Spicing up your BBQ fare is more than palate pleasing

© Demid | Dreamstime Stock Photos & Stock Free Images

© Demid | Dreamstime Stock Photos & Stock Free Images

If you’re a BBQ aficionado,  likely this past weekend marked the start of your grilling season.  But as there can be some downsides to eating grilled  food, practicing BBQ  smarts is a wise idea. And one way is to spice it up.

In a study published in the American Journal of Clinical Nutrition, University of California scientists found that adding spices like rosemary and oregano to a hamburger mix before cooking decreased the production and absorption of some potentially harmful chemicals when compared to eating unseasoned burgers.

Research shows that high temperature cooking can produce a slew of potentially damaging compounds with a range of effects. In this study, the scientists assessed a substance (malondialdehyde) which is known to enhance oxidation and inflammation.

Both oxidation and inflammation are linked to an increased risk of heart disease and cancer. For example, cholesterol that is oxidized is more easily deposited in arteries. And inflamed arteries are even more welcoming to this cholesterol.

Other researchers found adding red wine to turkey before grilling also reduced the amount of this damaging substance. But you don’t need to stick to rosemary, oregano and red wine. The scientists chose these herbs as they’re chock full of compounds called polyphenols. Rather than using polyphenols-rich East Indian spices and herbs which they knew had a beneficial effect, they tested the Mediterranean choices as they thought these flavours would be more acceptable to the palates of the subjects.

But no doubt you have long heard that grilling assorted foods is far superior  than using cooking techniques like frying. Allowing fat to drip off during the preparations rids the food of much fat. But if you’re doing it amid fierce flames, which fat drippings will often cause, the fare may not be as healthy as you think.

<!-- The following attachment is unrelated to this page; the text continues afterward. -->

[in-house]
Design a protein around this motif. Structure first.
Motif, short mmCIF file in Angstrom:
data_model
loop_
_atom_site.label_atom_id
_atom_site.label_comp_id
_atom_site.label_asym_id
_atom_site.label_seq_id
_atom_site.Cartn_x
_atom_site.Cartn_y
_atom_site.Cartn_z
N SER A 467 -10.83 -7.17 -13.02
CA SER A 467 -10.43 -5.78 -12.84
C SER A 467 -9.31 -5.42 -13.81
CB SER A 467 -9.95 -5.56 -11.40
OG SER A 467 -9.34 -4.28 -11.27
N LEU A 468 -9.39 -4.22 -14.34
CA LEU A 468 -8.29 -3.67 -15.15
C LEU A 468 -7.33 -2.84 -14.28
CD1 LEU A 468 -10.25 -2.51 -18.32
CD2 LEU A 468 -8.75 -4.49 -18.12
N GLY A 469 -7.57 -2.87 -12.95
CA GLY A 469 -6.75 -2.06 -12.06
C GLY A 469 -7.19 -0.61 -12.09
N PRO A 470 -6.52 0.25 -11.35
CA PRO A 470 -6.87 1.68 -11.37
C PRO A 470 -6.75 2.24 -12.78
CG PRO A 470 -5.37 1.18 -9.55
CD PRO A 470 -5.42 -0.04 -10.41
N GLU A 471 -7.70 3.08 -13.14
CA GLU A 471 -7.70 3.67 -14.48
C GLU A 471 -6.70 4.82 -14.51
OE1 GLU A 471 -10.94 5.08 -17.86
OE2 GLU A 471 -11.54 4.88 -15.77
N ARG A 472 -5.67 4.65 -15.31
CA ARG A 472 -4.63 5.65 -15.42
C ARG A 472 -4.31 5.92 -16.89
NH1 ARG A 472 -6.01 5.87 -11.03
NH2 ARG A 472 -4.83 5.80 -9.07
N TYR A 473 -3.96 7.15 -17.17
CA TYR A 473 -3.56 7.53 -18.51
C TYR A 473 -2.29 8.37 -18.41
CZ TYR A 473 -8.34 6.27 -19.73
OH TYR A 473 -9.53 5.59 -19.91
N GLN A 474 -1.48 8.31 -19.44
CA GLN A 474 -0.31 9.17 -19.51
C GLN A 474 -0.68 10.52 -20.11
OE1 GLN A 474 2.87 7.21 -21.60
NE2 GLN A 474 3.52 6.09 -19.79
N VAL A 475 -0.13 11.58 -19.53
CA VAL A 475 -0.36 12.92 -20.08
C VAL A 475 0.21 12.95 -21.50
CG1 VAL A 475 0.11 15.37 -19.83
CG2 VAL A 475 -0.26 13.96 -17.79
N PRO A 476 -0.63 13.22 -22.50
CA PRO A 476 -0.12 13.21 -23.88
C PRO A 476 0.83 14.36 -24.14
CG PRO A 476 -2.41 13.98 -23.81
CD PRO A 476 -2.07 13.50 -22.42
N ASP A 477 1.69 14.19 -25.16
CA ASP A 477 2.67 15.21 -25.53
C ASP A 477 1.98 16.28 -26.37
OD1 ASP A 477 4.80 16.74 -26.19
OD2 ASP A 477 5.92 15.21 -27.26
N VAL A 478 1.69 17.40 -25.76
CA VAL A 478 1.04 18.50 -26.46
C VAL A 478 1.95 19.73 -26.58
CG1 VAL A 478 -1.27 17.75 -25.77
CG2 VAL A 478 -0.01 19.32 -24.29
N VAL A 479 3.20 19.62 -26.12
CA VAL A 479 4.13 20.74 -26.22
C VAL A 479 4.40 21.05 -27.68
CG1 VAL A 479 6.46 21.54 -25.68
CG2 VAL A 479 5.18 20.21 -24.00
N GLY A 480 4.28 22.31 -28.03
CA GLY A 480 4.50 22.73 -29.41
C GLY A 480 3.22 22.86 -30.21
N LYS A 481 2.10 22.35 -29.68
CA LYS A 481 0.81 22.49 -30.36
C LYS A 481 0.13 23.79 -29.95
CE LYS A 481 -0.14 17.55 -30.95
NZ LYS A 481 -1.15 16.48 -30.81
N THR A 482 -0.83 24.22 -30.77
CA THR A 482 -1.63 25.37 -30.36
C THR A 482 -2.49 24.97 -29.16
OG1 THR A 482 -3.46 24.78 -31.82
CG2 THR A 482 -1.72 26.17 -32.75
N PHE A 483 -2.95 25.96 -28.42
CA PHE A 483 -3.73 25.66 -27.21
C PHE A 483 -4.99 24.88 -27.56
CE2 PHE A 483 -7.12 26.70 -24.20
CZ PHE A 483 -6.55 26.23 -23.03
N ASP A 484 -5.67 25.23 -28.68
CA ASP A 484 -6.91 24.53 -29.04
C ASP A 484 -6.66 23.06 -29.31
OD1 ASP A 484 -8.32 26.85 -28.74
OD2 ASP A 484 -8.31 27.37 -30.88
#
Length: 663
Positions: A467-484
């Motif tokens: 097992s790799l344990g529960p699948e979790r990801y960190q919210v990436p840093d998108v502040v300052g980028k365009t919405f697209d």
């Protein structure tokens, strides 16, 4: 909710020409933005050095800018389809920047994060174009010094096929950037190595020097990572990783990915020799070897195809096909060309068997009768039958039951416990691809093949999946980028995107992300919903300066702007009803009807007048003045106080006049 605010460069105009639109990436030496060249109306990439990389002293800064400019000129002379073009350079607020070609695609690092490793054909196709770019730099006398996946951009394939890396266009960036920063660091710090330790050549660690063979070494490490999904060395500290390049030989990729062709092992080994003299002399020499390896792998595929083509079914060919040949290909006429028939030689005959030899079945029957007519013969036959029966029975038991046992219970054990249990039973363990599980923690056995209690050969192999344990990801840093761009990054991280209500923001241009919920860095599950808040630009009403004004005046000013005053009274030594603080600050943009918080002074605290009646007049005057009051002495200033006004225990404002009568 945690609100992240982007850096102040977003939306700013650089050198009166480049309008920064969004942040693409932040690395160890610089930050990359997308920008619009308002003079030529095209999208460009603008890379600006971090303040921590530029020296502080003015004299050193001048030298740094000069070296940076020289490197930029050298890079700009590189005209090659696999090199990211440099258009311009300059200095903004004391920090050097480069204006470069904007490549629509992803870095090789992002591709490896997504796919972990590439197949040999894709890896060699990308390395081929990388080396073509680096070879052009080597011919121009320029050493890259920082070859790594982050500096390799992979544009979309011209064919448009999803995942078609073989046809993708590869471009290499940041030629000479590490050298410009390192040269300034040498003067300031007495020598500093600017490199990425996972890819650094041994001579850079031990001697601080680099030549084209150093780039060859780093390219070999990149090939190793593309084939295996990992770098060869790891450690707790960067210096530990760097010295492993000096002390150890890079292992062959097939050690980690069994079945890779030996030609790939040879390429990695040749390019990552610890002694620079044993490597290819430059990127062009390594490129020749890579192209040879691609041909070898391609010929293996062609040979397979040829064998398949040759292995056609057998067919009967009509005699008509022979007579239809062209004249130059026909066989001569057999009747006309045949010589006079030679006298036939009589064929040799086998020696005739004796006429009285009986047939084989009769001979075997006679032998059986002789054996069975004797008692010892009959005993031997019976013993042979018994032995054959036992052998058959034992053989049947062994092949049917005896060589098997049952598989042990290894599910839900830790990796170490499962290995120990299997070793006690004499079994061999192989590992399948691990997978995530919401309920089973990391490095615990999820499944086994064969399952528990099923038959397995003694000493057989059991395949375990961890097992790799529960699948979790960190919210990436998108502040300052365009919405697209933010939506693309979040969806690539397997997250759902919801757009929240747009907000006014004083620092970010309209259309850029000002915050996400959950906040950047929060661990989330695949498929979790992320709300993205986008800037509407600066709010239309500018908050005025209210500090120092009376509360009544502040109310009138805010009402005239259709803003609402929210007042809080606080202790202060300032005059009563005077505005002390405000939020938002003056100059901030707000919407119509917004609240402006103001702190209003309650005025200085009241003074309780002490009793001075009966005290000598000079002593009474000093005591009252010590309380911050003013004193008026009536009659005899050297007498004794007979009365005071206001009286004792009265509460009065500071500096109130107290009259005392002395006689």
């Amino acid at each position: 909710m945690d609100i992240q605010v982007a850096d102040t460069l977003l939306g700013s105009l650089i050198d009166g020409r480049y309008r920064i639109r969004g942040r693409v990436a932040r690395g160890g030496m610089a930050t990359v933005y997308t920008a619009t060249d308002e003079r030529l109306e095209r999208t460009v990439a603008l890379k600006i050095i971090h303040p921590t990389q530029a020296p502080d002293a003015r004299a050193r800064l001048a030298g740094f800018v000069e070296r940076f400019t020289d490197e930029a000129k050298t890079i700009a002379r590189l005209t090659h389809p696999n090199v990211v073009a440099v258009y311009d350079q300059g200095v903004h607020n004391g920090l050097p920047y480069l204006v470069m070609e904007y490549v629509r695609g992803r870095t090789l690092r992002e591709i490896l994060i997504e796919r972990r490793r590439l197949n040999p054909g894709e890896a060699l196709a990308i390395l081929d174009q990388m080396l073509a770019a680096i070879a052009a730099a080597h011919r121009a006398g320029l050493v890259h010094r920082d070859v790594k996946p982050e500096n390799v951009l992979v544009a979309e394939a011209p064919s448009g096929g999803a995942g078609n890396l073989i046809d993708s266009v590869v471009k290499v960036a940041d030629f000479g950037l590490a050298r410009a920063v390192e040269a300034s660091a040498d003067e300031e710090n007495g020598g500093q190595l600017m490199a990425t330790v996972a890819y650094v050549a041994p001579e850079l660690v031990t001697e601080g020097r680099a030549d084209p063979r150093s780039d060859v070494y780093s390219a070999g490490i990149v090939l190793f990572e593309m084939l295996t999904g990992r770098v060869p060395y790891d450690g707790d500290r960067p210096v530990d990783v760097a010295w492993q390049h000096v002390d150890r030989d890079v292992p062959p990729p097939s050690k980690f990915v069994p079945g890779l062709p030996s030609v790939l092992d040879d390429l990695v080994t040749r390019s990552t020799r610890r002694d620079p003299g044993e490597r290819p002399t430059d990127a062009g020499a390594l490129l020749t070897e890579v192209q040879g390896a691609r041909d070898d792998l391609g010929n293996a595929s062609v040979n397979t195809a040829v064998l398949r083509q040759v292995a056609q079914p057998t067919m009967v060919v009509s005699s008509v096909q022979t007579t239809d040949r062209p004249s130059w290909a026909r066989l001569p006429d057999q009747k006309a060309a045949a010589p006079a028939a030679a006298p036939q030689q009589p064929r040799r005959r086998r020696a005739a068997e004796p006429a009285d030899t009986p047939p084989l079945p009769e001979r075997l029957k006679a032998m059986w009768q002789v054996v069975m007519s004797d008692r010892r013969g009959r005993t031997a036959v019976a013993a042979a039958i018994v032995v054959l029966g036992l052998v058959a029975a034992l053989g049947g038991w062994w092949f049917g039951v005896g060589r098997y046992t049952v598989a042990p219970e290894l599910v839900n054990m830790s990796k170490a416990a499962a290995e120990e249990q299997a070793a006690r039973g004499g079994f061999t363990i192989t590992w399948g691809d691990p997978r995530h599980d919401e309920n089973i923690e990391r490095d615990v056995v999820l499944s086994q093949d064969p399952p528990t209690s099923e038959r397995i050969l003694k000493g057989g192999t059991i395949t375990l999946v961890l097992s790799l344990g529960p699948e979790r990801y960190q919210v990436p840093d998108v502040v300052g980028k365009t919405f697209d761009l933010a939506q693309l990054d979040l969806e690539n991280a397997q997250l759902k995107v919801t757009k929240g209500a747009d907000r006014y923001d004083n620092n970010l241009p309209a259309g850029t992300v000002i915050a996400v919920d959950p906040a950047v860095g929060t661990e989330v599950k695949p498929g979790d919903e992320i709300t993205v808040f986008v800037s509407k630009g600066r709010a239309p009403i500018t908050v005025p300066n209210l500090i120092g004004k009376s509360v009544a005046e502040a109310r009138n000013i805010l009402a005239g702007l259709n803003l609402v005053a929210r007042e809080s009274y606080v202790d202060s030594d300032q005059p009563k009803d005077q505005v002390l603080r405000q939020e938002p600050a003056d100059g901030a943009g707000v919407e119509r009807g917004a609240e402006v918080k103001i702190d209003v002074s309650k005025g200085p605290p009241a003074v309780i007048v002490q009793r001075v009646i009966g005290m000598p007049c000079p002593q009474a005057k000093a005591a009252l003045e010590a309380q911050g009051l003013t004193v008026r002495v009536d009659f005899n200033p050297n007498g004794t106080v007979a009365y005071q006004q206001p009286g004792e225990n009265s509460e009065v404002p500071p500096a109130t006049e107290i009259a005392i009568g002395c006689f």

Charred fare that has been engulfed by smoke is also laced with a number of potential cancer-causing compounds. Heterocyclic amines(HCAs) and polycyclic aromatic hydrocarbons (PAHs) are among those that have been linked to an increased risk of  cancers such as colon, breast, prostate and pancreatic cancer.

Using marinades beforehand is another way to reduce the amount of a range of substances like HCAs and AGEs. German researchers looked at marinades containing garlic, onion, and lemon juice on the formation of HCAs and found that with increasing amounts of garlic, HCA production was decreased.  And if garlic breath is a concern, be sure to include some antioxidant-rich parsley which can counter the effect.

You might consider having some tabbouleh – the cracked wheat salad that’s packed with herbs like parsley.  And at the same time, using marinades and spices can help to reduce the amount of salt you use in your food– a definite health perk.

High temperature cooking also produced other potential disease-causing compounds called advanced glycation end products (AGEs).  These substances have not received much attention outside of scientific circles but more and more research is labeling them as culprits in the development of diseases like diabetes and major players in the progression of chronic illnesses like heart and kidney disease.  A French study, also  published in the American Journal of Clinical Nutrition, compared foods prepared using steam versus those cooked at high temperatures and found that the high temperature cooking was linked to a decrease in insulin sensitivity and a higher risk of diabetes.
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Coming up next: grilling tips for delicious and healthier fare.
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What’s your favourite food to grill? Are you adventurous or do you stick to the basics such as burgers and steaks?

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Categories: Food Safety, Food Trends, Research Roundup

Author:Rosie Schwartz

Rosie Schwartz is a Toronto-based consulting dietitian and writer.

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